So why did Vanegas keep coming day after day for three semesters? He told police officers that he hadn't gotten into Rice, but it would have broken his mother's heart for him not to attend. Attempts to reach Vanegas were unsuccessful.
Vanegas didn't express regret about his actions, according to Bill Taylor, Rice police chief. "His feeling was that if he got caught, he would be given a criminal trespass warning and told not to come back. He felt, 'Nothing's going to happen to me.'"
Baker sophomore Chuck Swanson says he recognizes the genius in Vanegas's plan: "Let's say, for whatever reason, you can't get into Rice. Do you a) go into the workforce, or do you b) decide to crash a college for a year? You get to go to parties, you get free food, you get to hang out with people that are your age and have fun. Pretty much, he did nothing. He's being a bum -- but in an awesome way at a great university." Many students seem floored an impersonator could pull off this act for more than a year. A Rice junior started a "Free Vanegas" group on Facebook.com (a MySpace-type site for college kids). However, he didn't actually know Vanegas, he said. He was just a sucker for con artists.
Vanegas is not Rice's first impersonator in the last few years. Almost four years ago, the Houston Press wrote about Rodrigo Fernando Montano, a 24-year-old Houstonian who spent almost a month on the Rice campus ["The Pretender," by Jennifer Mathieu, November 14, 2002]. Vanegas, of course, lasted much longer than that. But Taylor sees more striking differences.
"Montano didn't understand how to become a student," recalls Taylor. "He thought if he just started hanging out here, went to classes and showed up at a dorm, he would become a student. He actually went to the track coach and got shoes and stuff; he thought he was trying out for the team. In his mind, as far as we could determine, that's what he actually thought he needed to do."
Even after his arrest, Montano always maintained that he was a real Rice student (and his mother backed him up). He even inadvertently turned himself in when he visited the registrar's office to complain about problems. Of course, there was no record of him.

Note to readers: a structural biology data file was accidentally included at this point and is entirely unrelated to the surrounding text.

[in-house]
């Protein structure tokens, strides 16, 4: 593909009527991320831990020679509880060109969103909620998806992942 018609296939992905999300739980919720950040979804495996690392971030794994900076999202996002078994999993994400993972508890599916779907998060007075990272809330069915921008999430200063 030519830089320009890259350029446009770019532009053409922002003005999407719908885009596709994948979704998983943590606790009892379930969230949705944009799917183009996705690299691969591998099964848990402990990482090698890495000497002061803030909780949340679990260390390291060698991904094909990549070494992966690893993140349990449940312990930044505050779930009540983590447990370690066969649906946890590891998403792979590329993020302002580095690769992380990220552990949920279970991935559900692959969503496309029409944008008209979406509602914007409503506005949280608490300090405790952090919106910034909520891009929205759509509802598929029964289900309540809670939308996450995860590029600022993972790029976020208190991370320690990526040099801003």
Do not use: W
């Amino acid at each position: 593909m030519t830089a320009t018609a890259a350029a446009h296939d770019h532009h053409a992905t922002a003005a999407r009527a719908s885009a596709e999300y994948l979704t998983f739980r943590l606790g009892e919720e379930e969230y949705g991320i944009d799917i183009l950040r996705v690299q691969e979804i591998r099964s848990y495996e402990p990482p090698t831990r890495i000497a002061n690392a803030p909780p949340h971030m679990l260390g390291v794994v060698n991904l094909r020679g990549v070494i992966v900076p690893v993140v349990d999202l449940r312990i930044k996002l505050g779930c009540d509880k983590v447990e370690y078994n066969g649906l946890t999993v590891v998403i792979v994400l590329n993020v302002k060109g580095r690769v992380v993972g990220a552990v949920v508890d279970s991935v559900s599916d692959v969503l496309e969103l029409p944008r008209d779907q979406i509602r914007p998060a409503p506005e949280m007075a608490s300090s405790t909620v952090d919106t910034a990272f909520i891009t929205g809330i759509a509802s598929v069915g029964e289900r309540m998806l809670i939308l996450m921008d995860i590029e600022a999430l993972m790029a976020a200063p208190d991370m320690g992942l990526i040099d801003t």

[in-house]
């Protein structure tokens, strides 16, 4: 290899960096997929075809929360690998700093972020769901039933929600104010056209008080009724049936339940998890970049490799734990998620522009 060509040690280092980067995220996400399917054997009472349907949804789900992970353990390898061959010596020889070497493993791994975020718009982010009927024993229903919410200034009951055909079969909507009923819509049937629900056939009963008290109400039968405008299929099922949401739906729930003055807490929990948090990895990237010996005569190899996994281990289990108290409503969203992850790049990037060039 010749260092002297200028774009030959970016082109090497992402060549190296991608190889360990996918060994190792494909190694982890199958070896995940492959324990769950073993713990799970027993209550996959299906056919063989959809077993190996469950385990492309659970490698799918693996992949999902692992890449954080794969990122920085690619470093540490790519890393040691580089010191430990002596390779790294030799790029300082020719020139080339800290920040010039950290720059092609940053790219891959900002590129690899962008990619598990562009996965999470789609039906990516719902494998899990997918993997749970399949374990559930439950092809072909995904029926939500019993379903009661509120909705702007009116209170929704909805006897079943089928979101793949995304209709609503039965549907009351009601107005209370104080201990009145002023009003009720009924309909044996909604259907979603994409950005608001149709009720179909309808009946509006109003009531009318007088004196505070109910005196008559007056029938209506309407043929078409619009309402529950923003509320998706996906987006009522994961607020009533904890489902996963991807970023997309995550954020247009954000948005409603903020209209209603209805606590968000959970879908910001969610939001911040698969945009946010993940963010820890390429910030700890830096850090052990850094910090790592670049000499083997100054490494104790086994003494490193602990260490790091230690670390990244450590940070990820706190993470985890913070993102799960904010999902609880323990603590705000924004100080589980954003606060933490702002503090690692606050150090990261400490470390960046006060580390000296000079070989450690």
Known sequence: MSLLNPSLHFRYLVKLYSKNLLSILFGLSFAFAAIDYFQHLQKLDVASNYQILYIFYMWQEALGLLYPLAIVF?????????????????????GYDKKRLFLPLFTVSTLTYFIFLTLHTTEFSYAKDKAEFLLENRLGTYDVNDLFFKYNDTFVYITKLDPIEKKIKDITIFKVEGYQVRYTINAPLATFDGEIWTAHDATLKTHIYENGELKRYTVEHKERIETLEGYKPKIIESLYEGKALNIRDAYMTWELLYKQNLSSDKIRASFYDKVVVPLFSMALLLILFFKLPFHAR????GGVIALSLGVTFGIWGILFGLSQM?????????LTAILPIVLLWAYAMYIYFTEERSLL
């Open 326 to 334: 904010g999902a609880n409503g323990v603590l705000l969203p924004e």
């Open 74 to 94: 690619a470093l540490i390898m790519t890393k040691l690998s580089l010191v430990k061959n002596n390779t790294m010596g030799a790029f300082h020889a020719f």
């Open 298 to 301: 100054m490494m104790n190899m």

Vanegas, on the other hand, was fully cognizant of his actions -- and incredibly tactful, says Taylor. "He had a lot of stories; he would say, 'I'm a graduate student' or 'I'm a whatever.' It was hard for someone to put a finger on what his status was."
So over the course of last year, Vanegas circulated around campus, forming new "deep acquaintanceships." He met people outside of Baker and, according to many, barely visited the college after a while. But one person at Baker clearly remembers interacting with him periodically throughout the year.
Venora Frazier has been the Baker college coordinator for 17 years. She keeps Baker organized. Students drop by all day long to joke and laugh, get forms signed, whine about school or tell her about their misfortunes. Baker is the most centrally located college on campus, so even non-Baker people often know Frazier. People call her "Mrs. V," and "Mrs. V" is clearly beloved. Vanegas, like so many other students, knew her.
Frazier heard about the impersonator before she saw his picture. When she eventually saw the photo, it floored her.
"I was like, 'This kid is not the guy -- this kid is a Rice student!'" she says. Afterward, Frazier looked through some of her records just to be absolutely sure there wasn't a mistake. "I said, 'Now wait a minute, he had to have been a member of Baker.' But no, nothing."
Vanegas used to stop by Frazier's office last year to chat. Once or twice, he even came to her "tea times," weekly tea-and-dessert events held in her office to promote college bonding.
"He was very polite, very polite," recalls Frazier. "He was always smiling; he had a wonderful persona. It's very hard to imagine that he could do something like this -- but I guess that's what they say about a lot of people that are locked up."
Now that Frazier knows the truth, she feels sympathy for Vanegas. She wonders what kind of environment he came from.
"Who knows what he's really been faced with, for him to even want to get to this point?" she says. "It's not a bad thing that a person wants an education. And it's not a bad thing to be around people who are seeking an education. So what that says is regardless, he probably really, really does want that."
Ruth Samuelson, an intern with the Houston Press, is a senior at Rice.